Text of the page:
Tuesday, June 8, 2010
Alizah's story. April 10, 2010.
"You are a child of the universe no less than the trees and the stars; you have a right to be here." -Max Erhmann
One day a couple of years ago, I drove to work, typed a suicide letter, then left and checked into a Motel 6. There, I swallowed a bottle of anti-nausea medication, followed by a half-bottle each of Valium, Tylenol, Motrin and aspirin, and then I slit my wrists.
I expected to die immediately, since I have always been deathly allergic to painkillers. I waited and waited. A half-hour went by, then an hour, and finally two. Tick-tock, tick-tock. I finally realized that despite my “foolproof” multiple methods, I was not going to die. I called my husband, who drove me to the ER. It was the ending of one journey for me, and the beginning of another.
I had been considering killing myself for a couple of months. I would find out later that I was in an agitated depression (also known as a dysphoric mania or a mixed state) of bipolar disorder. Symptoms include being both depressed (sad, discouraged, angry, hopeless) and uncomfortably manic (insomniac, anxious, obsessional, panicky, paranoid, anorexic) at the same time. (I’ve since read the probability that someone in a mixed state will attempt suicide is an astonishing one in two.)
I'd been diagnosed as bipolar as a teenager, but with therapy and medication the diagnosis had little impact on my life. Then, during a period of stress a couple of months before my attempt, my doctor of many years changed my longtime meds regimen drastically - tapering me off two meds and introducing a new one. He was preparing for retirement, and my next appointment with a physician was five months away. The new med brought me to a nearly catatonic state, and I had to go off it in order to function. I made a phone call to my doctor; he didn't call me back.
At the same time, my field of publishing was going through an upheaval due to the internet and the recession. My employer laid off almost half our staff, and losing my job looked like a strong possibility. There was a death in my family and and some other unwelcome changes. I was ignoring my son and could barely communicate with my husband. The financial, work, and family pressures, along with after-effects of the wrong medication, simply brought me to a breaking point.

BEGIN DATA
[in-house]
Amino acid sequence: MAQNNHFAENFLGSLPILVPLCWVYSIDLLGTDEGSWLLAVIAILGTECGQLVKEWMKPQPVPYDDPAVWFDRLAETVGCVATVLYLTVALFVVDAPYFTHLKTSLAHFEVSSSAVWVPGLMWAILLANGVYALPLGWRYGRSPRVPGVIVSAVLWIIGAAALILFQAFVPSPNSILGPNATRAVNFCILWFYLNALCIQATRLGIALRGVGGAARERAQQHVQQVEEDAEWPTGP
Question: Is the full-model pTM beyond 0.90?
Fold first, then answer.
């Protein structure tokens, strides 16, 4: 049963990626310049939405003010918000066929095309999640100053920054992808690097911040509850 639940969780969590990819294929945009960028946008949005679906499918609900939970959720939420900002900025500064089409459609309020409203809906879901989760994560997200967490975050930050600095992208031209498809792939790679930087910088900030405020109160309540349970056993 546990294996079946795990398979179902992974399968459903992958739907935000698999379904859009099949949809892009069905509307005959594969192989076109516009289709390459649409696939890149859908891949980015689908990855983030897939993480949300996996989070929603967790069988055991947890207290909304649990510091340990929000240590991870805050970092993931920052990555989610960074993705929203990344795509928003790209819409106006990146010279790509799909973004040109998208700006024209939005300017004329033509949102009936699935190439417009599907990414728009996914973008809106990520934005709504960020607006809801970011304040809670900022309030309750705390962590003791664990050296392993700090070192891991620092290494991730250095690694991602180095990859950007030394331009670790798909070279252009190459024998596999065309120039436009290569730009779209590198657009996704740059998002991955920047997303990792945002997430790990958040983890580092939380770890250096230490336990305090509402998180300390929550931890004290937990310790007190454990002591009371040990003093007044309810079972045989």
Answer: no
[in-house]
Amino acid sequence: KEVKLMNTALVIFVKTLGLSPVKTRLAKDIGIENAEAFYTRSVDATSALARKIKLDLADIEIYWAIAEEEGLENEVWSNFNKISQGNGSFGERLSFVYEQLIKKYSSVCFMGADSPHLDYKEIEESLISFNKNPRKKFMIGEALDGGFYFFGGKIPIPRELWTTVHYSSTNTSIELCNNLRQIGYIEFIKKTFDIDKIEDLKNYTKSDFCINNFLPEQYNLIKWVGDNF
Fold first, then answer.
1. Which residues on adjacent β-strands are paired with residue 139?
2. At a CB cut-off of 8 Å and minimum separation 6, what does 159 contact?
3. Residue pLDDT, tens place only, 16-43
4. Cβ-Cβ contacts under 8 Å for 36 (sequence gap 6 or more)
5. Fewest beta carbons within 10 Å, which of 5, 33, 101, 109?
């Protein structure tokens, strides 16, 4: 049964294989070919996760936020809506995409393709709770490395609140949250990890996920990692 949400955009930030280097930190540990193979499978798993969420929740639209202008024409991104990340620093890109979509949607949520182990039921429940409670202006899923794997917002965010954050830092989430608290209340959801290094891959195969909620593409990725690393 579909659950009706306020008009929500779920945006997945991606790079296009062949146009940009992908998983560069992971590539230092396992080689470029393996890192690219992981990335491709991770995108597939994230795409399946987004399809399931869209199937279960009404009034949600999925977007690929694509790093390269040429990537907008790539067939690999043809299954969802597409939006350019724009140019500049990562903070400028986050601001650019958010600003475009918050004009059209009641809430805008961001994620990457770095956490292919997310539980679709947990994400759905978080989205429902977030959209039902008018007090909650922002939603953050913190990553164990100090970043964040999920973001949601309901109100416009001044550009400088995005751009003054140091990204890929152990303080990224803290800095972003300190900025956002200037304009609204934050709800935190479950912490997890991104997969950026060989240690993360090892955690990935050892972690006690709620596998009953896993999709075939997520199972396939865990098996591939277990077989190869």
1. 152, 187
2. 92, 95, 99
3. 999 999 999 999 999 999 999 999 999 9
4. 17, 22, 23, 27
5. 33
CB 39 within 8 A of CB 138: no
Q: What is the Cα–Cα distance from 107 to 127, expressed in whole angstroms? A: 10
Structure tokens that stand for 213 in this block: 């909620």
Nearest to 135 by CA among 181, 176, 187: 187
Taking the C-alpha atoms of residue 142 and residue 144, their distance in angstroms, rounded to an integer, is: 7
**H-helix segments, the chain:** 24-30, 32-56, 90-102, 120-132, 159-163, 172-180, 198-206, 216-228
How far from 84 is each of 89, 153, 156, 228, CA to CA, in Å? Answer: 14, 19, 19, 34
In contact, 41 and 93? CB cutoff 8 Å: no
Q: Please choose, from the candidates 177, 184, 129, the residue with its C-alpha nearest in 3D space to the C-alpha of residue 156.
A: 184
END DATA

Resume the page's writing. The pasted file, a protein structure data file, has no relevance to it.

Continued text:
I recall having the feeling that I was literally shattering apart from within. I lost about 40 pounds and was averaging three hours of sleep a night. My degree in psychology, years leading a support group for people with depression, training in working with at-risk teens, and even my religious faith were of no use. I believed with all my heart that my family - and the world - would be better off without me.
In the hospital that night, they stitched up my wrists and cleaned me up as I vomited repeatedly. They hooked me up to an N-acetylcysteine drip to protect my liver from the Tylenol overdose. (I never did find out what happened to my allergy.) I finally fell asleep from the Valium – many hours after I’d taken it – but the nurses woke me up every hour. “What is your name?” “Alizah.” “Why are you here?” “I tried to commit suicide.” “Are you going to kill yourself now?” “No.” (I had to read their lips - I would be deaf for 36 hours from the asprin.)
The next day they sent me to the psych ward. I had only one focus – getting out and going back to work, so I wouldn’t lose my job. After two days, I talked the staff into cutting me loose. I lied through my teeth, telling them I would never consider taking my life again. But I was still in the mixed state, and I continued to be obsessed with taking my life – or dying by disease or accident.
The next month I began to see a new doctor; she diagnosed the mixed state and put me back on lithium. She gave me an antipsychotic to quell the panic. She started me on a new SSRI for the depression.
It took a couple of months and several tweaks, first with this med then that one, but I finally began to crawl out of the pit of snakes I’d been in for so long. I stopped wishing for an active or a passive suicide. I don’t know if I wanted to live, but I didn’t want to die – at least not right away. My new journey was beginning.
I still have a long way to go on my journey. I hurt my husband, son, and mother terribly, and I have their trust to rebuild. Due to no fault of my own, my career situation is unstable and will continue to be; this has me frightened. And I worry each day my meds will stop working and I'll go into that hellish "mixed state" again. I can’t say I am optimistic about the future. But as Matthew 6:34 says, “Therefore do not worry about tomorrow, for tomorrow will worry about itself. Each day has enough trouble of its own.”
I needed support in my healing process and in looking for resources, could find no help for suicide attempters, only family and friends of loved ones who have died. So I started a Facebook support group, Suicide Attempt Survivors, and began sending out a daily quote and message. Here they are.